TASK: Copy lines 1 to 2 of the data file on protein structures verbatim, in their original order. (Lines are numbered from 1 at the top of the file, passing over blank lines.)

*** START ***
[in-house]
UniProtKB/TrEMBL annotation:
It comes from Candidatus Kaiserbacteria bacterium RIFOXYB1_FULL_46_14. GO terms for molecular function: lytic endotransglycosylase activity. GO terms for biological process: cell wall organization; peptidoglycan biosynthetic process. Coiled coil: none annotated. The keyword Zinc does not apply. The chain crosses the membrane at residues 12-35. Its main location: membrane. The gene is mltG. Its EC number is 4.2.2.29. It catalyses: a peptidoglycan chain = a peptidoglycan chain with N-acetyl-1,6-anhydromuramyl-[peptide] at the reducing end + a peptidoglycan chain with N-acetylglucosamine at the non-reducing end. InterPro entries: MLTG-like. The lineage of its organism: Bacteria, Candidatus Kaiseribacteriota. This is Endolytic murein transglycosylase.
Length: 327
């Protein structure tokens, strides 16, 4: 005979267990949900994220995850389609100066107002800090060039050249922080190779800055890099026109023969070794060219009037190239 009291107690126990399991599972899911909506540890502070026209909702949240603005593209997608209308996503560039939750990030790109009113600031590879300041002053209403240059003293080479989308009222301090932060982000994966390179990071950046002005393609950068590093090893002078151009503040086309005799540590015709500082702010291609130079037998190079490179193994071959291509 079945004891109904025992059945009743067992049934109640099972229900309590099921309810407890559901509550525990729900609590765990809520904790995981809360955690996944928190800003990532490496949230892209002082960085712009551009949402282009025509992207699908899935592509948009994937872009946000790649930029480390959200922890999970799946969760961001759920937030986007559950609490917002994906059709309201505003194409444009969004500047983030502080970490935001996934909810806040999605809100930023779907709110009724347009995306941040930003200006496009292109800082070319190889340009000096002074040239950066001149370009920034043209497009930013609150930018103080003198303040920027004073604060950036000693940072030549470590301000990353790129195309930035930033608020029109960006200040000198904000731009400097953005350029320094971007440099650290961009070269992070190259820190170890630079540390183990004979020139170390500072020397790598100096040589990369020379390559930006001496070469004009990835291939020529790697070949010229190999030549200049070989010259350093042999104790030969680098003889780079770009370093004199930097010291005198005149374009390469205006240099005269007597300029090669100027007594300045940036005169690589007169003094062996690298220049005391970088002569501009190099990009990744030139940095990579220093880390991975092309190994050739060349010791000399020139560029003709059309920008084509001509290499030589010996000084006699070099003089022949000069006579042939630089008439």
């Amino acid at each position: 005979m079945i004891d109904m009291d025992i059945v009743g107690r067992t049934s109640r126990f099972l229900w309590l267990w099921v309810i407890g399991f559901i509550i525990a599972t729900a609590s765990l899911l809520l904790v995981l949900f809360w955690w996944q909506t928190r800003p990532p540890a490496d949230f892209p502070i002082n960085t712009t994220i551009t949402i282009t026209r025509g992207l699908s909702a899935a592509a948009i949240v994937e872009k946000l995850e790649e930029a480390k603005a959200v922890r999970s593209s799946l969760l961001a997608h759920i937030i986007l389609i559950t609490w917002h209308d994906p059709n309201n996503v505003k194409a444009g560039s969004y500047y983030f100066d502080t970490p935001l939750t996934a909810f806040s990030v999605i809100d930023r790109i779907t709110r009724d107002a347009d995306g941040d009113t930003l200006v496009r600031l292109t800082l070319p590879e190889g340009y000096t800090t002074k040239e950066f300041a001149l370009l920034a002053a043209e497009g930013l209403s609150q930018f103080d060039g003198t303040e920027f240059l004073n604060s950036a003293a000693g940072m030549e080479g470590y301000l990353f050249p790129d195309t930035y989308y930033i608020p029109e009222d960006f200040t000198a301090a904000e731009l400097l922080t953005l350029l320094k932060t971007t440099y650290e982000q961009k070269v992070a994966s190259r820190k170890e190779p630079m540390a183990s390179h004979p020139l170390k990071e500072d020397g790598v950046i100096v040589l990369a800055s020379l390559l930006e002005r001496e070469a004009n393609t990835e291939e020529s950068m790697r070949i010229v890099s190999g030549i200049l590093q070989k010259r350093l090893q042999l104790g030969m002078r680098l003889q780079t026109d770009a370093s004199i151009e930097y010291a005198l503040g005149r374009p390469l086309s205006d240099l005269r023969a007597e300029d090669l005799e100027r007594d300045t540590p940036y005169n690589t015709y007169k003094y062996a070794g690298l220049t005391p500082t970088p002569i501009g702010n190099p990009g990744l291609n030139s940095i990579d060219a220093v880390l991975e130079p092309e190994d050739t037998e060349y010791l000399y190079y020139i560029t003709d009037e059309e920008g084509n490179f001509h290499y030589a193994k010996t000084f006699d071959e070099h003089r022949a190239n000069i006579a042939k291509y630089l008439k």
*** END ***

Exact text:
[in-house]
UniProtKB/TrEMBL annotation: